Maldives


The Maldives (Dhivehi: ދިވެހިރާއްޖެ Dhivehi Raajje) are an archipelago of 1,192 coral islands grouped into 26 coral atolls (200 inhabited islands, plus 80 islands with tourist resorts) in the Indian Ocean. They lie south-southwest of India and are considered part of Southern Asia.

TRAVEL SAFETY ADVISORY: A coup funded by some tourist resort owners has replaced the democratically elected president and a dictator with a 30 years of tyranny has returned in the Maldives since 07th Feb 2012. Travelers are advised to either reschedule their travel plans for next year or simply choose another destination. Currently the United Nations is in the process of questioning the current regime on human rights issues. After the coup there have been lots of demonstrations by the public and the police is using excessive force which can be defined nothing more than brutality. So please do not fund any regime who beats up their own citizens.

Understand History

Formerly a Sultanate under Dutch and British protection, the Maldives are now a republic. Long ruled over with an iron fist by Maumoon Abdul Gayoom, who did not hesitate to jail dissidents and was re-elected five times in more or less rigged elections, resistance to his rule culminated in violent rioting in 2003 and 2004. Much to everybody's surprise, free and fair elections were finally held in 2008, and Gayoom gracefully conceded defeat to opposition leader Mohamed Nasheed, "Anni".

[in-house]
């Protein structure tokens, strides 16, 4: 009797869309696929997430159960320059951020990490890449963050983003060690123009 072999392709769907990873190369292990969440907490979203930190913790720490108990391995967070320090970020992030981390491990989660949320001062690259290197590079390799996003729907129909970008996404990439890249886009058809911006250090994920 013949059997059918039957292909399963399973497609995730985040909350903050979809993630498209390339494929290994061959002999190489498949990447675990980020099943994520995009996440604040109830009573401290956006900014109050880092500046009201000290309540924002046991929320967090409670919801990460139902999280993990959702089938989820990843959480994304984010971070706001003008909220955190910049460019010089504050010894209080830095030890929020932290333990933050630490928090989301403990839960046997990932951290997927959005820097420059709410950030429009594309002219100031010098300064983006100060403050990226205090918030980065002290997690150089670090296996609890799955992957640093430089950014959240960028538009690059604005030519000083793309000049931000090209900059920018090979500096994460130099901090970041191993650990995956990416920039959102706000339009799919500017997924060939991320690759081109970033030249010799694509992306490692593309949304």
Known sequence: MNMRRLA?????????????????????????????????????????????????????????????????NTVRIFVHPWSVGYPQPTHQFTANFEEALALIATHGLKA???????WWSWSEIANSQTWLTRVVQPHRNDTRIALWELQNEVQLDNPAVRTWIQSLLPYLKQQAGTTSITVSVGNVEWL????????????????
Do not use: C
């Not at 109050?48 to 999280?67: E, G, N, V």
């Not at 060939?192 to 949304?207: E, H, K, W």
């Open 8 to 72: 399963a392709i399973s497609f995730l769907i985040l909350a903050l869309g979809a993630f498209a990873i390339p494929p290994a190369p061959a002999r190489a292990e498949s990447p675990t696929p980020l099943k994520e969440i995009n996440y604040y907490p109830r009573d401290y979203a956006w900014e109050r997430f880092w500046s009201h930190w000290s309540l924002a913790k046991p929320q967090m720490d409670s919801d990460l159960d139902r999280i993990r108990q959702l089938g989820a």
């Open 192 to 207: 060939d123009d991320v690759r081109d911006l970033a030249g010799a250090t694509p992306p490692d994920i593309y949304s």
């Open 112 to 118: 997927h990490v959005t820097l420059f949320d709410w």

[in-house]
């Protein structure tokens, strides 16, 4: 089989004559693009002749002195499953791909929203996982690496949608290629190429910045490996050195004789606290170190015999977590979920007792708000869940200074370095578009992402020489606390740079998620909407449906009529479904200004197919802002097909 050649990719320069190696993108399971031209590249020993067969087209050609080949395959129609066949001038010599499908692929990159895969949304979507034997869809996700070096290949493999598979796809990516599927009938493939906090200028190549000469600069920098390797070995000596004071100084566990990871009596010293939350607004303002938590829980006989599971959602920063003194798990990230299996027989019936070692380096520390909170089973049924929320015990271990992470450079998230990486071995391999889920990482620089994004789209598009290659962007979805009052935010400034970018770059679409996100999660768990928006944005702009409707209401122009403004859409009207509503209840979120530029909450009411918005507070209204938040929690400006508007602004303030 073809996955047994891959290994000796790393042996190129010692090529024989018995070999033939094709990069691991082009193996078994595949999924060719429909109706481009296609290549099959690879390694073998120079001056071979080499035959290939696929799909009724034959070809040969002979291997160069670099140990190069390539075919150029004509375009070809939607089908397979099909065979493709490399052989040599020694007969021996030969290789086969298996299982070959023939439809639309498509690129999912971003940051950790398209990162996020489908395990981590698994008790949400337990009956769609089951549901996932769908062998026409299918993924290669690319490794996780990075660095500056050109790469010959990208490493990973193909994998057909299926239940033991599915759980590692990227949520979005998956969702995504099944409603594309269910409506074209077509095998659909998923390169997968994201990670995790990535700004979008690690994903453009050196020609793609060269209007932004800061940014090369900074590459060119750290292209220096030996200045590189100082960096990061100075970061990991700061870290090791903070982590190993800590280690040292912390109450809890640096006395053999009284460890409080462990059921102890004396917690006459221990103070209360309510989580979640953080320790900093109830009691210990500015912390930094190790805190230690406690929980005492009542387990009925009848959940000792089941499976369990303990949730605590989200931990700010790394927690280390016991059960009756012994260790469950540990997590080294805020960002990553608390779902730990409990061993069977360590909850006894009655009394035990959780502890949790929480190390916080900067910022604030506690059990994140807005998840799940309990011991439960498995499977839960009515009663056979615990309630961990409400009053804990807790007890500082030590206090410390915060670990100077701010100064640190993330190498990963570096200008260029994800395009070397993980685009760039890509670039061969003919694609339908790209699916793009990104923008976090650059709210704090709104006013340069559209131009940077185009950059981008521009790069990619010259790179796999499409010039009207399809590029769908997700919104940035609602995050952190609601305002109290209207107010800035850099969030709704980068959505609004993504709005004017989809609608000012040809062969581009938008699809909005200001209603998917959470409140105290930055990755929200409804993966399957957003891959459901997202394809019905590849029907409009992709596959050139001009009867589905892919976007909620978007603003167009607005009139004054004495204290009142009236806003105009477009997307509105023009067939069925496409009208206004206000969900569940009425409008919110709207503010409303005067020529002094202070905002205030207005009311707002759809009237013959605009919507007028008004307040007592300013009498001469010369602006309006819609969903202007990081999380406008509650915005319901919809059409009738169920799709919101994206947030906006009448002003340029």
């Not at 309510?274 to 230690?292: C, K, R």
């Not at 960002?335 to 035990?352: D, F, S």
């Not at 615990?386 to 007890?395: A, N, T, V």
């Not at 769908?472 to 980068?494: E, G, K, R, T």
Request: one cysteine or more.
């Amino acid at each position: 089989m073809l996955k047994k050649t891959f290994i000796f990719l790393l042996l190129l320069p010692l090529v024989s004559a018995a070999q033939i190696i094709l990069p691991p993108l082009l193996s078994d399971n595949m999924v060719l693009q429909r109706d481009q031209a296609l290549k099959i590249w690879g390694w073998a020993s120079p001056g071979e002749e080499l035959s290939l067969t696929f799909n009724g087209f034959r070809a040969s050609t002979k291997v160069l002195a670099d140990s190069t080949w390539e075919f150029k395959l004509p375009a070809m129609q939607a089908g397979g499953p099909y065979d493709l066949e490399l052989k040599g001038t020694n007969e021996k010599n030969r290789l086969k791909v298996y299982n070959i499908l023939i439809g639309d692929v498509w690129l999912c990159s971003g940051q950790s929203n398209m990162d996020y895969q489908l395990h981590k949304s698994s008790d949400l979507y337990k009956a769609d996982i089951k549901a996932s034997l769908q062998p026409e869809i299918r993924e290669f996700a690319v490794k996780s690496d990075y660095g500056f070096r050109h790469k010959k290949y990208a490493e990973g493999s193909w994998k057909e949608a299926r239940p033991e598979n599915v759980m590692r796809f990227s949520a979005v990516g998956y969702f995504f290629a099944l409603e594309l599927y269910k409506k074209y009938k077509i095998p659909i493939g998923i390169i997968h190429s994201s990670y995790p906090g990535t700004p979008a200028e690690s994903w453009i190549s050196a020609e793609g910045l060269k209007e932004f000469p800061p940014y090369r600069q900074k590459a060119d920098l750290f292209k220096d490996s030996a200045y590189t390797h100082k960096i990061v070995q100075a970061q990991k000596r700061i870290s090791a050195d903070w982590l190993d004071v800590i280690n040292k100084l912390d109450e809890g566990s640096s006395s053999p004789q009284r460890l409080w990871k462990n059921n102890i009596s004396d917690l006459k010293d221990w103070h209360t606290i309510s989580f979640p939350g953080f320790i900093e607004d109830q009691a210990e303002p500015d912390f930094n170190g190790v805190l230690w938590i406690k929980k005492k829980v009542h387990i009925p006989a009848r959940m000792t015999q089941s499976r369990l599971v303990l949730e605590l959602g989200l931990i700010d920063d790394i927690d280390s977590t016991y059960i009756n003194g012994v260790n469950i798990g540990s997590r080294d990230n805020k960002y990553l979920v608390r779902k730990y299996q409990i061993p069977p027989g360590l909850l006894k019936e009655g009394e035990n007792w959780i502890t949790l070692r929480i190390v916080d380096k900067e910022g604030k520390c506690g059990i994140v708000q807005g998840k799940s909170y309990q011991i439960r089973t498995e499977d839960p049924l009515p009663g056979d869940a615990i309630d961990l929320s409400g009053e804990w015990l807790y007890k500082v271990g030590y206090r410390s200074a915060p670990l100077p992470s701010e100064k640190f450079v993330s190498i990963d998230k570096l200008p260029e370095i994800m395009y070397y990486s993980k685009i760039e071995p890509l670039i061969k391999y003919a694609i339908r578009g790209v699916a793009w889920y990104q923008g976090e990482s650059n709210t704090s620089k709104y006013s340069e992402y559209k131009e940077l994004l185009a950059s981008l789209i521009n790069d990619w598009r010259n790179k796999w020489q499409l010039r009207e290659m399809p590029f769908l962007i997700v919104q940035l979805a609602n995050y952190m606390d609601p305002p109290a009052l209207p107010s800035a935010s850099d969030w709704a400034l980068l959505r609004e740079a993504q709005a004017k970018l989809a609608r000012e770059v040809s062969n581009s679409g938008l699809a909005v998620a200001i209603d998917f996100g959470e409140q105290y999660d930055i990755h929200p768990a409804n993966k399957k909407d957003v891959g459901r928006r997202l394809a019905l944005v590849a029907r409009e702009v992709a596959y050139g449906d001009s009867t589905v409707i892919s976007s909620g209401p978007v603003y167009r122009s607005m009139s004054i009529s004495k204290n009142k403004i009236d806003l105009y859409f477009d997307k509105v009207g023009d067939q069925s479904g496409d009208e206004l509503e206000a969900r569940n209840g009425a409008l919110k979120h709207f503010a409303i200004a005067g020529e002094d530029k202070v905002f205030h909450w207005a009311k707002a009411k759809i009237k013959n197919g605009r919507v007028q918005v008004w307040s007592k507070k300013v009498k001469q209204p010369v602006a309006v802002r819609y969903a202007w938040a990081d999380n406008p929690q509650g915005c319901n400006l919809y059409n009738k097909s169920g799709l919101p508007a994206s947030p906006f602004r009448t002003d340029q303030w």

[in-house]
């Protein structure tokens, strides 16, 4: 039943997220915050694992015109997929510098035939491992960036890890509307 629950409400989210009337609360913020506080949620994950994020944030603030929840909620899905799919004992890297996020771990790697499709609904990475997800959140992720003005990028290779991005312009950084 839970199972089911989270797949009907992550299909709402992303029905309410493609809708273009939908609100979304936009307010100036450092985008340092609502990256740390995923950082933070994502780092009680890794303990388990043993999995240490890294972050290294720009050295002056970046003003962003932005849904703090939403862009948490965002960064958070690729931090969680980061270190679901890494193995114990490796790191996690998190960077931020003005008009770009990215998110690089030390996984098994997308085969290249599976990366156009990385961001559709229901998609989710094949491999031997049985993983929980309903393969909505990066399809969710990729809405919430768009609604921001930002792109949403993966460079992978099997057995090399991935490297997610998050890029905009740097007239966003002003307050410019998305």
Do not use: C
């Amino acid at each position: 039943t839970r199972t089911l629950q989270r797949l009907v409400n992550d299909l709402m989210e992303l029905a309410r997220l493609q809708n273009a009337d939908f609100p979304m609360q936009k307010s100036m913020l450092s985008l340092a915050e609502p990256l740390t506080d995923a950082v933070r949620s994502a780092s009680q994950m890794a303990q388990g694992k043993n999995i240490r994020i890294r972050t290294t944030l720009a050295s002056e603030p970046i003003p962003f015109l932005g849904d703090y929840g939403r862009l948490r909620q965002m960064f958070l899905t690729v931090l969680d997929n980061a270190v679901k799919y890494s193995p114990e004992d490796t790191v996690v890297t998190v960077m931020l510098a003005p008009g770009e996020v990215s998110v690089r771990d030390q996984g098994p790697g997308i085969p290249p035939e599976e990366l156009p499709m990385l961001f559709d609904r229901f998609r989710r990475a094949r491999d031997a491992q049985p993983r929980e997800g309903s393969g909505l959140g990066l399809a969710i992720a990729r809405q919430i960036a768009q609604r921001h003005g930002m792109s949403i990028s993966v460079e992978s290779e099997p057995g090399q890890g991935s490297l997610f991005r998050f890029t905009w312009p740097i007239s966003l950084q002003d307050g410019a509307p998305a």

The Tsunami of 26 December 2004 caused extensive damage to the Maldives - of a population of only 290,000, over a third was directly affected by the tsunami and more than 15,000 people were left homeless. The economic damage alone was over 62% of the GDP or US$470 million.

The immediate response from international donors and agencies mobilized more than US$400 million in aid after the disaster, much of which was used to help misplaced persons rebuild their homes and infrastructure damaged by the waves. As of December 24, 2010, six years after the tsunami, the number of persons living in temporary shelters had fallen from 15,000 to only 1,600 people.